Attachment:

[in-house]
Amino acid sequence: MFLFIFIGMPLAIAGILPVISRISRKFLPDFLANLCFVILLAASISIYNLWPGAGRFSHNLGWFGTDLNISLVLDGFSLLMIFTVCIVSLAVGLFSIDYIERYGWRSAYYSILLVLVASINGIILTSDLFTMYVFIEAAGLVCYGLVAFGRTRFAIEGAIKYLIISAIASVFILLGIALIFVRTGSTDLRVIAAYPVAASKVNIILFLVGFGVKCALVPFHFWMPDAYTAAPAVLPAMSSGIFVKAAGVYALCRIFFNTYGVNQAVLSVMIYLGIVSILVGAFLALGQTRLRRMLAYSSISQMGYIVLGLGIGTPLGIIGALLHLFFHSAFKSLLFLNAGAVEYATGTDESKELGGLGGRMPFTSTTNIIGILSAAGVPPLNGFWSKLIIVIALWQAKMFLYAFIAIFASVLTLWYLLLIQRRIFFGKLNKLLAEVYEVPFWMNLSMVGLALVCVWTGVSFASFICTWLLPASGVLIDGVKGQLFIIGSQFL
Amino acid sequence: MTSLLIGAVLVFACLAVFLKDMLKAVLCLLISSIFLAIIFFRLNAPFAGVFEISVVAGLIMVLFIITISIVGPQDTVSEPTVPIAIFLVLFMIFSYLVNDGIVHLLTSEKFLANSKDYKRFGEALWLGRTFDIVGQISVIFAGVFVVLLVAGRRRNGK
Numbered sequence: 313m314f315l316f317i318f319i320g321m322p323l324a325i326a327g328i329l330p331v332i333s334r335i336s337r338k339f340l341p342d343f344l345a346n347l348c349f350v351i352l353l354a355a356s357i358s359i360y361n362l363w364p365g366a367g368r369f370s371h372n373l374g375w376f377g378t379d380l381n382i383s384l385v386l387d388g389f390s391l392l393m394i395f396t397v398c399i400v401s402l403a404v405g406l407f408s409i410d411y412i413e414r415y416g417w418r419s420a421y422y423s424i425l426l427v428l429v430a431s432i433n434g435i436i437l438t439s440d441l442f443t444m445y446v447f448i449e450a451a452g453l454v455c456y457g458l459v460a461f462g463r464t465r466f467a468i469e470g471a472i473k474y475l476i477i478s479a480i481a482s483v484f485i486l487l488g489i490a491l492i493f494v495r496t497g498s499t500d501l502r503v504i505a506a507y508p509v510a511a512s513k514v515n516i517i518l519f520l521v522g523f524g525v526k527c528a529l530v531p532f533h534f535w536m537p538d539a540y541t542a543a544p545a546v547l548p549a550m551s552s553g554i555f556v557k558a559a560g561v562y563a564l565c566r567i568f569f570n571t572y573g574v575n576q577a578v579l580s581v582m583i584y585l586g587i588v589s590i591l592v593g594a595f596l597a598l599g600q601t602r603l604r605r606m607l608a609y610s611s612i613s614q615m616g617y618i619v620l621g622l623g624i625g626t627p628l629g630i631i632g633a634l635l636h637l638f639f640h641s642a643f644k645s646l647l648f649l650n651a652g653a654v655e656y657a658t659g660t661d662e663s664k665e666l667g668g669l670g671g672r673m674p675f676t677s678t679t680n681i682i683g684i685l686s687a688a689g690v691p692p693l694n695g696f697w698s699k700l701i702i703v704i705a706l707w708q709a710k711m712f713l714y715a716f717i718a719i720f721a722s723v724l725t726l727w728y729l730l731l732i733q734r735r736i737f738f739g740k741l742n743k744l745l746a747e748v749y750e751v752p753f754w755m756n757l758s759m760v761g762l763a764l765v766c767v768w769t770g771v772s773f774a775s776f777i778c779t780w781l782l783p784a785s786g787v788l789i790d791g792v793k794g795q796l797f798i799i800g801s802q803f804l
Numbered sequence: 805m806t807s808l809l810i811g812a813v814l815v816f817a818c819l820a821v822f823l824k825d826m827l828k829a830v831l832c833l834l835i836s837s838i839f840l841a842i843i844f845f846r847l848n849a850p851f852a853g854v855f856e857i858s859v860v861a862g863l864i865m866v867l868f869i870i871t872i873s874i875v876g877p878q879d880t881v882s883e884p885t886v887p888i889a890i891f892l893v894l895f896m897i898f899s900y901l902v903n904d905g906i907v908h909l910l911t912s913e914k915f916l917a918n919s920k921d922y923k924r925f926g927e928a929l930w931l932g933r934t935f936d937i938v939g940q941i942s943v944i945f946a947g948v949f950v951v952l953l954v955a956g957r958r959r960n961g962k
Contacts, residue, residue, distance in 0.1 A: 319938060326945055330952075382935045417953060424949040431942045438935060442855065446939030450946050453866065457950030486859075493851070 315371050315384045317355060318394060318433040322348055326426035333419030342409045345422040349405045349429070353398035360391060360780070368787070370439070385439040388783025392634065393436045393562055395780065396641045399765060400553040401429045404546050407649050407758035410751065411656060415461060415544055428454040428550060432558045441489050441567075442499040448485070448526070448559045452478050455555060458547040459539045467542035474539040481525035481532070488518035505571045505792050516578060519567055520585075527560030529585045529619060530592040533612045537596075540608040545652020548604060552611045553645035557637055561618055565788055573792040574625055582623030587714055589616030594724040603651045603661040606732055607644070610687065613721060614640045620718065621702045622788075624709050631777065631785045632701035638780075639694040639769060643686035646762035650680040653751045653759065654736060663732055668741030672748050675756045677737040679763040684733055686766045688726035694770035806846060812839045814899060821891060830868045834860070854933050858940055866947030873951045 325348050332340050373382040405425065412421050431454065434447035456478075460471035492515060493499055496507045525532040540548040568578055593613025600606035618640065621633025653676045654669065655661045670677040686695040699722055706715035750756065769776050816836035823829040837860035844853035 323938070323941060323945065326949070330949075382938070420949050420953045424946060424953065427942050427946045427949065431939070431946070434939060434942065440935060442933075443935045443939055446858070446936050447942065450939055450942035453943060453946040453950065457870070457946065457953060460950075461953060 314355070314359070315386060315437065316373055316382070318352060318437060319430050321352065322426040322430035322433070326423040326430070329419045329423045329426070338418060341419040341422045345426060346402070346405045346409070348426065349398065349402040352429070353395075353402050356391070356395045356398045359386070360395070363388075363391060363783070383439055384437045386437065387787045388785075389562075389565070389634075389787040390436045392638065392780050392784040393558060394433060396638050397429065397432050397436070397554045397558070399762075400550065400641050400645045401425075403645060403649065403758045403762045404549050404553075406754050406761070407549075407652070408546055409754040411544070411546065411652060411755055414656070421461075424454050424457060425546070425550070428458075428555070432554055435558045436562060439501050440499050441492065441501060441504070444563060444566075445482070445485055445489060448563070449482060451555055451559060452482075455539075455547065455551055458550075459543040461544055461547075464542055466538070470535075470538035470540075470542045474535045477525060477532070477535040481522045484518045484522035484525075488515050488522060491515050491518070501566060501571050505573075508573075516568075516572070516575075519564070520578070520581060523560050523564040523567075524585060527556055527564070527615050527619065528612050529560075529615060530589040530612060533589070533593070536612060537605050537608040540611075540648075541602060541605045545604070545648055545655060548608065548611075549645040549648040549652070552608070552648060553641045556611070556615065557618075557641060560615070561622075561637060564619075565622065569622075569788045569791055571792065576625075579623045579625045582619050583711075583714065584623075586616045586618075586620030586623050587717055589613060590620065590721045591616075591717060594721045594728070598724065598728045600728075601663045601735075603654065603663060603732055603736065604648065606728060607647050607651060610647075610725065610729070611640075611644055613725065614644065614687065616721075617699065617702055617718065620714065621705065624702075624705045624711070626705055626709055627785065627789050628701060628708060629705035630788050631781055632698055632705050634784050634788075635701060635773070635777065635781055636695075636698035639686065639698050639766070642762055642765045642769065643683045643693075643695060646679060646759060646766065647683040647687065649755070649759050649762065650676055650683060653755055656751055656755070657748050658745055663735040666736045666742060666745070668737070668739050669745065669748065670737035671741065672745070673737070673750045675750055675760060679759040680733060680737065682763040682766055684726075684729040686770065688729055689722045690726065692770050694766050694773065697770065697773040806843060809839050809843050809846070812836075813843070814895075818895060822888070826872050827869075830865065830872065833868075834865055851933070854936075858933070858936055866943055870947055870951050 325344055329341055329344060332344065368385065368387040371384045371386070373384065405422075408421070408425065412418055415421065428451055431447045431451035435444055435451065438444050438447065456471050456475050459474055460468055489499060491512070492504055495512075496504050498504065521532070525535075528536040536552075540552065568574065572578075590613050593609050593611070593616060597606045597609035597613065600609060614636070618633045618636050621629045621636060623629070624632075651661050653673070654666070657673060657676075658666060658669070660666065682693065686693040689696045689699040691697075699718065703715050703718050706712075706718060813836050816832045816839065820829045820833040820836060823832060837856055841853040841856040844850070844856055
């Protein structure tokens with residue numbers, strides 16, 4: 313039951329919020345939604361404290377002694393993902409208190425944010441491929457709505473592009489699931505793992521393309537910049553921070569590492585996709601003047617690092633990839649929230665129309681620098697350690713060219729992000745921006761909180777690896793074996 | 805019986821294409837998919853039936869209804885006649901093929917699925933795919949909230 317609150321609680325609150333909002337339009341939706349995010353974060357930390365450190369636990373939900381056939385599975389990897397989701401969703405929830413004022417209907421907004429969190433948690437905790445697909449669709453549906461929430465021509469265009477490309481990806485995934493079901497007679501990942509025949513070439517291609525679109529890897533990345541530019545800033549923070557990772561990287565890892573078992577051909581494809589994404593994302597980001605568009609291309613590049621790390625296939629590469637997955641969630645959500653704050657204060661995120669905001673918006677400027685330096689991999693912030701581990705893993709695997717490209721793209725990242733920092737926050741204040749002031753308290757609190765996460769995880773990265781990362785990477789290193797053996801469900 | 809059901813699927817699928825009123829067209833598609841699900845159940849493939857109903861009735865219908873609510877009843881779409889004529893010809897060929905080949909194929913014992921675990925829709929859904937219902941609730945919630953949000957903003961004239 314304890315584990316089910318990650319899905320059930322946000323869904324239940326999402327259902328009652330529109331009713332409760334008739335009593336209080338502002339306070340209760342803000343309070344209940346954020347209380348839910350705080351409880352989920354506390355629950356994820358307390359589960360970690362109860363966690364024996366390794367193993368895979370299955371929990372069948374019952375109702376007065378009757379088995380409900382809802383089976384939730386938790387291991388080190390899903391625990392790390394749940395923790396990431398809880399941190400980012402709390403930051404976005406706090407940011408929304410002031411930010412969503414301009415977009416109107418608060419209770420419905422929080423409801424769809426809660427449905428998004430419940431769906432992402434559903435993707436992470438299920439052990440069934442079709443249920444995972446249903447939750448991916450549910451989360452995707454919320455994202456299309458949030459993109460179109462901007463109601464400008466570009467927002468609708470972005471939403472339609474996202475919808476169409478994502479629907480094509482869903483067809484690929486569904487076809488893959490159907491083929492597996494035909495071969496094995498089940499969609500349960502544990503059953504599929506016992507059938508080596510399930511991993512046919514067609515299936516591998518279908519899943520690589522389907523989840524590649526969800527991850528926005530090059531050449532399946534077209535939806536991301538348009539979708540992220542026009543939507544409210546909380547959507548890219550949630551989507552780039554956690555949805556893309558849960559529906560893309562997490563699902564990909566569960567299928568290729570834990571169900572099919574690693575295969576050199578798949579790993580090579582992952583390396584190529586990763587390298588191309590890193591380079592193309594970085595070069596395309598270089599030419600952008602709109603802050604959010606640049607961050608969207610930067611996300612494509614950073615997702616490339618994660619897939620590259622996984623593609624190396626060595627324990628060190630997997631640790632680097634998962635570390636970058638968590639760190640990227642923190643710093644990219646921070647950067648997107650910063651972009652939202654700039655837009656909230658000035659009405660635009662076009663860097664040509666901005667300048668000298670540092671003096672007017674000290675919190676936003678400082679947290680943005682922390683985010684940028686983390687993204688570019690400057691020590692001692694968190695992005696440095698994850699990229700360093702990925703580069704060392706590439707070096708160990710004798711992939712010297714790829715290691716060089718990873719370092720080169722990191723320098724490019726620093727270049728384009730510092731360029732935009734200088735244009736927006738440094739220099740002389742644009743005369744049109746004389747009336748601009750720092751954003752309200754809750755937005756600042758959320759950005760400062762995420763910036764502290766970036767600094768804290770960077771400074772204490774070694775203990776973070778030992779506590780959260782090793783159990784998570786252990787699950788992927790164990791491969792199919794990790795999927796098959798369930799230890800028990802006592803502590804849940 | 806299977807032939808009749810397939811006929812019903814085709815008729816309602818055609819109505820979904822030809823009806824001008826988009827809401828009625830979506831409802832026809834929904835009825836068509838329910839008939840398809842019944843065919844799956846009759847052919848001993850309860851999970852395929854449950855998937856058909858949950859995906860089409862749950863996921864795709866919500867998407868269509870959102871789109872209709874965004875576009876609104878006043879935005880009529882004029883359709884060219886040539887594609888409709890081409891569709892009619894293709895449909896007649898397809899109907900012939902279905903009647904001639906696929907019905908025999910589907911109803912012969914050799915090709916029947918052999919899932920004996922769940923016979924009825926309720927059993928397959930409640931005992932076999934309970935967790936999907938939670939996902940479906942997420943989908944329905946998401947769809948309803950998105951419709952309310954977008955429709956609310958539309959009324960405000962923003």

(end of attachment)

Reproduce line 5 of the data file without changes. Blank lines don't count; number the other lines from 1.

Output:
Numbered sequence: 805m806t807s808l809l810i811g812a813v814l815v816f817a818c819l820a821v822f823l824k825d826m827l828k829a830v831l832c833l834l835i836s837s838i839f840l841a842i843i844f845f846r847l848n849a850p851f852a853g854v855f856e857i858s859v860v861a862g863l864i865m866v867l868f869i870i871t872i873s874i875v876g877p878q879d880t881v882s883e884p885t886v887p888i889a890i891f892l893v894l895f896m897i898f899s900y901l902v903n904d905g906i907v908h909l910l911t912s913e914k915f916l917a918n919s920k921d922y923k924r925f926g927e928a929l930w931l932g933r934t935f936d937i938v939g940q941i942s943v944i945f946a947g948v949f950v951v952l953l954v955a956g957r958r959r960n961g962k